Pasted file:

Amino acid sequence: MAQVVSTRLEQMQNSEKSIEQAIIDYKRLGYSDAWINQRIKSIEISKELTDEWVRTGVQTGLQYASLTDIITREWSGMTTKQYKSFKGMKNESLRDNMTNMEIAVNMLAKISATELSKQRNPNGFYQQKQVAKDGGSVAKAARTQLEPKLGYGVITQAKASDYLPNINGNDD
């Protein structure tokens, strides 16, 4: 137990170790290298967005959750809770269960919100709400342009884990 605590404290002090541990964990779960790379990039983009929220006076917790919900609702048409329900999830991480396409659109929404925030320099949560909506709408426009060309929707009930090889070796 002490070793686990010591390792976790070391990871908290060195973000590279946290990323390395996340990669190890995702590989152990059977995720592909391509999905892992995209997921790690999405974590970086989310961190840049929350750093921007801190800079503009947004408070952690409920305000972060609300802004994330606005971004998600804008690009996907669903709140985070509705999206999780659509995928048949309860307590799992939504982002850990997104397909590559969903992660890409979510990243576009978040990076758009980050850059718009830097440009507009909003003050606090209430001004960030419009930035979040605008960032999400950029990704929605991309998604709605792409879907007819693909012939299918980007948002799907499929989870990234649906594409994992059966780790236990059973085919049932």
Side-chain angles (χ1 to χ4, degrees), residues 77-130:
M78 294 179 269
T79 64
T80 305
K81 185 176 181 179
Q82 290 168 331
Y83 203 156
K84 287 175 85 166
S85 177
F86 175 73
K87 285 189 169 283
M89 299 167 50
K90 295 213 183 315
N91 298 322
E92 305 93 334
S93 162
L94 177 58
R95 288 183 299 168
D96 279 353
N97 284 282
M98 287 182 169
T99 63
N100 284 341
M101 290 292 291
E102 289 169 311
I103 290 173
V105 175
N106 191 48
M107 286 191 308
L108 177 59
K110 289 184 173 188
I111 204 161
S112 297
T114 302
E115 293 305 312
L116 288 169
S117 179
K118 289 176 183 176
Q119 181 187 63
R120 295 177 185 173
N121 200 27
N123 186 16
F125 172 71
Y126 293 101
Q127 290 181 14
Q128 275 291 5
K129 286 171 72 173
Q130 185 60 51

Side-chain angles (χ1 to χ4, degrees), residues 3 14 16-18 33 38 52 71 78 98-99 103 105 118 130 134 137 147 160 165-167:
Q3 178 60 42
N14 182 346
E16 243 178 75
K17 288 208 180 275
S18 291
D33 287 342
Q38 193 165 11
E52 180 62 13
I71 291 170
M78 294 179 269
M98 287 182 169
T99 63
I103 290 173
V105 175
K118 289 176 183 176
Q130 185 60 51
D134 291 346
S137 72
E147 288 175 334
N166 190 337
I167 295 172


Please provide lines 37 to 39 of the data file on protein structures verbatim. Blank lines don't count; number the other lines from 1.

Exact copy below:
E115 293 305 312
L116 288 169
S117 179